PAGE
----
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More than 1500 artists call on UK government to step up and ensure the live music industry can survive COVID-19

By | Published on Thursday 2 July 2020

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More than 1500 artists have signed a letter to the UK’s top culture minister Oliver Dowden demanding that the government implement a number of measures to specifically support the live music business as the COVID-19 shutdown of the sector continues.

Campaigners say that those measures need to include a number of financial packages, a VAT holiday and a clear albeit conditional timeline for getting live shows back up and running. Such measures are essential, they add, to “prevent mass insolvencies and the end of this world-leading industry”.

The letter – signed by the likes of Ed Sheeran, The Rolling Stones, Dua Lipa, Paul McCartney, Skepta, Rita Ora, Coldplay, Eric Clapton, Annie Lennox, Sam Smith, Rod Stewart, Liam Gallagher, Florence And The Machine, George Ezra, Depeche Mode, Iron Maiden, Lewis Capaldi and Little Mix – comes after weeks of calls from various music industry organisations for sector-specific government support to stop the collapse of the entire live music industry.

Concerns have only increased in recent weeks as it’s become clear that – while the high street and hospitality sectors are starting to return to normal, albeit with social distancing rules still in place – there is currently no real plan for when live performances will start again.

And while live entertainment was always likely to be impacted by COVID-19 the longest, the big concern now is that – as other sectors get going again and the political narrative becomes “we’re through the worst” – general financial support packages from government will be phased out. Even though the live sector is still pretty much in full-on lockdown.

The letter to Dowden states: “Live music has been one of the UK’s biggest social, cultural, and economic successes of the past decade. From world famous festivals to ground-breaking concerts, the live music industry showcases, supports and develops some of the best talent in the world – on and off stage. As important as it is, our national and regional contribution isn’t purely cultural. Our economic impact is also significant, with live music adding £4.5 billion to the British economy and supporting 210,000 jobs across the country in 2019”.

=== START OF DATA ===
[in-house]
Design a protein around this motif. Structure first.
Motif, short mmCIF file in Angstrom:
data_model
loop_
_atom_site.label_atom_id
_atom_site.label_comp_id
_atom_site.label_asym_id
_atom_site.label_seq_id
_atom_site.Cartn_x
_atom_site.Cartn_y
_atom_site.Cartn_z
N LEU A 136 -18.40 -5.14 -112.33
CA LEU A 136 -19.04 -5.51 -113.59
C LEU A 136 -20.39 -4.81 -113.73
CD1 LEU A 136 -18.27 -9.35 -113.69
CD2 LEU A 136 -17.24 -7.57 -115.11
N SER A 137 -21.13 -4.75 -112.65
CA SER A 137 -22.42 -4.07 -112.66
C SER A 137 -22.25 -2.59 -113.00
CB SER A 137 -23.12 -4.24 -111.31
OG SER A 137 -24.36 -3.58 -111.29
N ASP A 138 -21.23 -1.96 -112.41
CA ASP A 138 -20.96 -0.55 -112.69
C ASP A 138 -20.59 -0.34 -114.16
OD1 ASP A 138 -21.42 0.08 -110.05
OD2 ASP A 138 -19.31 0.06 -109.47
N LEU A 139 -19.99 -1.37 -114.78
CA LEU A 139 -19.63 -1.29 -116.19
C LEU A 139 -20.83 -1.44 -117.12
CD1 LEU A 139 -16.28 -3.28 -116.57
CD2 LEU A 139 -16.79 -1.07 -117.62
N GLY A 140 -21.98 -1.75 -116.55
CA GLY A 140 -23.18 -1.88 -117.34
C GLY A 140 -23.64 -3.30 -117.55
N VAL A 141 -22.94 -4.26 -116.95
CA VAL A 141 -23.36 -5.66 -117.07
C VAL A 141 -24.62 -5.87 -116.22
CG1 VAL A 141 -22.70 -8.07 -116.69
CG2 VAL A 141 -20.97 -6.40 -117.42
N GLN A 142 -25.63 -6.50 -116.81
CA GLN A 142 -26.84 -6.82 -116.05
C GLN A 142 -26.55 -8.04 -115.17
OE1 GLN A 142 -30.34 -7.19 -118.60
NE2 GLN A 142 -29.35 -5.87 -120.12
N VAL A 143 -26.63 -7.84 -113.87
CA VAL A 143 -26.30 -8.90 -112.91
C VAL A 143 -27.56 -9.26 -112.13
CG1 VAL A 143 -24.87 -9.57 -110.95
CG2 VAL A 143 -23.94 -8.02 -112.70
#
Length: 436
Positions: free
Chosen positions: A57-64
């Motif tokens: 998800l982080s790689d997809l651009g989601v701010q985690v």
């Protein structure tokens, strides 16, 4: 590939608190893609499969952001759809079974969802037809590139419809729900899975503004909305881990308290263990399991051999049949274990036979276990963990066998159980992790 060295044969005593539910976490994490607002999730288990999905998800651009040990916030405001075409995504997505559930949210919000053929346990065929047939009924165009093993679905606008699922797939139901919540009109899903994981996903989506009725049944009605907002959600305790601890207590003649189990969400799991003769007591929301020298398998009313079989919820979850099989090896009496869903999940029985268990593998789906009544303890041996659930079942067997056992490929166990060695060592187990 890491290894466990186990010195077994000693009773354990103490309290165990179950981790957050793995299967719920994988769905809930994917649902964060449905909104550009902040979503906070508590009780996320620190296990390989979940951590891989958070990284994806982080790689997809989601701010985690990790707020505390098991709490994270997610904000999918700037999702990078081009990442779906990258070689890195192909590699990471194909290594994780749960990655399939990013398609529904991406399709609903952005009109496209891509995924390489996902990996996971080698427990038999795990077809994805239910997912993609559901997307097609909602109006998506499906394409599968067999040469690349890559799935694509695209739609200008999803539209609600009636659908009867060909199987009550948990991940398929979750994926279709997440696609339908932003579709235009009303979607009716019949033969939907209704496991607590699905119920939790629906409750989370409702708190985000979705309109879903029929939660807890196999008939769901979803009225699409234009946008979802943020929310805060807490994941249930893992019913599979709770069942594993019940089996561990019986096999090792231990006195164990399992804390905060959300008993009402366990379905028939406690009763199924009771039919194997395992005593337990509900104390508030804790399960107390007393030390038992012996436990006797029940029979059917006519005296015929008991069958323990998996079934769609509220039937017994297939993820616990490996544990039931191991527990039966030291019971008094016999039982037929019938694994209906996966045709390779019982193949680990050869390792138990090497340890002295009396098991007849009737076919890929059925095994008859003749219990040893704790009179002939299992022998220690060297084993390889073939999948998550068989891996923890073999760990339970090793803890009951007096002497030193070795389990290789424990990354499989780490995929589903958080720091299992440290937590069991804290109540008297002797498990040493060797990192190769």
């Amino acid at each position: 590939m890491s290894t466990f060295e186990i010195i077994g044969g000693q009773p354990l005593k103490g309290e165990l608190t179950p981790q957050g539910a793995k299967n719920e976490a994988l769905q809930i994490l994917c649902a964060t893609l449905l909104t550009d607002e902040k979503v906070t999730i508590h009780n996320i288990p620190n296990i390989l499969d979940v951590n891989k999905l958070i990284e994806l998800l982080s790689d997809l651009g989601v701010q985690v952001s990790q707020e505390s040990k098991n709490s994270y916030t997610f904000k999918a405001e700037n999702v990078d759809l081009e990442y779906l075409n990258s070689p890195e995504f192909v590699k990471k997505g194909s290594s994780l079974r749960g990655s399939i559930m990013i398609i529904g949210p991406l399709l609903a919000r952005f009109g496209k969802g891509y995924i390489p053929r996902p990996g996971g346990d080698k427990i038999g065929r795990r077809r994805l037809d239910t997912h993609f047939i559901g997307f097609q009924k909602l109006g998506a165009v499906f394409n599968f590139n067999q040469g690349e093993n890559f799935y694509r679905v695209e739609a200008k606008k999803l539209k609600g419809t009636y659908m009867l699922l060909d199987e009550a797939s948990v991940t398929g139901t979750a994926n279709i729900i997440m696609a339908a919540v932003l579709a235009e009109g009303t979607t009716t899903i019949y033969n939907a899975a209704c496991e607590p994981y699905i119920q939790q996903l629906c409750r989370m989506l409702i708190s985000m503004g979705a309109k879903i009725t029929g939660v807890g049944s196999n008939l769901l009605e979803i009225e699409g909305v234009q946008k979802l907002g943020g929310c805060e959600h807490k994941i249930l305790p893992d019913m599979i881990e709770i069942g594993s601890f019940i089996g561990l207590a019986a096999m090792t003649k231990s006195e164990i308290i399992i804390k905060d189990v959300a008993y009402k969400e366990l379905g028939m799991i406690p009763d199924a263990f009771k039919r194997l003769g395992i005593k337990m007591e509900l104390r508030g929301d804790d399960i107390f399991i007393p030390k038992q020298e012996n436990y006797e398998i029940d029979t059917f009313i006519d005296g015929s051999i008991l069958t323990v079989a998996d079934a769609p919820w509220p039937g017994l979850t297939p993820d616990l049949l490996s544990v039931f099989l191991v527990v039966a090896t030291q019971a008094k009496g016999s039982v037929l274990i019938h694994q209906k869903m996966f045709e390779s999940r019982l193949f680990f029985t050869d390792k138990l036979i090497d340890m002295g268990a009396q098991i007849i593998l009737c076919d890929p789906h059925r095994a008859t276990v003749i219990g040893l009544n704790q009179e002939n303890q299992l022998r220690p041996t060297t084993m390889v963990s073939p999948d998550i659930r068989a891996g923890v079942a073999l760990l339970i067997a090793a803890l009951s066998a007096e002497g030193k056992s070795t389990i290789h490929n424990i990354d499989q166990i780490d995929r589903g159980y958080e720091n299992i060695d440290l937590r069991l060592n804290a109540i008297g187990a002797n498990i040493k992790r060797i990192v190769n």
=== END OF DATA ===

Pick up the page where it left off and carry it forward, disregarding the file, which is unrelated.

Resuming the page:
The £4.5 billion figure comes from the music tourism section of UK Music’s ‘Music By Numbers’ report. Other stats gathered to accompany the letter stress that it’s the live side of music that has a particularly positive impact on local and regional economies around the UK. Partly because venues, tours and festivals employ people and hire services in towns and city all over the country, and partly because live music audiences spend money with a plethora of other businesses when attending shows.

A sell-out capacity night of live music in Birmingham generates £3 million for the local economy, those stats reckon, while a festival like TRNSMT in Glasgow can boost the local economy by £10 million in one weekend. Ed Sheeran’s four shows at Chantry Park last year alone had a £9 million impact on the local economy in Ipswich.

The letter goes on: “Like every part of the entertainment industry, live music has been proud to play our part in the national effort to reduce the spread of coronavirus and keep people safe. But, with no end to social distancing in sight or financial support from government yet agreed, the future for concerts and festivals and the hundreds of thousands of people who work in them looks bleak”

“This sector doesn’t want to ask for government help”, it says. “The venues, promoters, festival organisers, production companies, agents and many other employers want to be self-sufficient, as they were before lockdown. But, until these businesses can operate again, which is likely to be 2021 at the earliest, government support will be crucial to prevent mass insolvencies, and the end of this world-leading industry”.

Demands being made of government alongside the letter include that ministers provide “a clear, conditional timeline for re-opening venues without social distancing” and “a comprehensive business and employment support package and access to finance”.

The latter would include extending the general employee furlough and freelancer support programmes for those in the live sector; rent breaks for venues; extending the current business rates relief programme to all companies involved in live music rather than just venues; the creation of a government-backed insurance scheme for when shows return but the risk of further lockdown remains; and financial support for lost box office income.

The letter concludes by noting that the government has already addressed getting two “important British pastimes” back into operation post the COVID shutdown, that being football and pubs, but “it’s now crucial that it focuses on a third, live music. For the good of the economy, the careers of emerging British artists, and the UK’s global music standing, we must ensure that a live music industry remains when the pandemic has finally passed”.

Alongside the letter, a new campaign has launched today under the banner #LetTheMusicPlay with fans being encouraged to join artists in posting films and photos of the last gig they attended prior to the COVID-19 shutdown in a “mass show of support” for the country’s live music industry.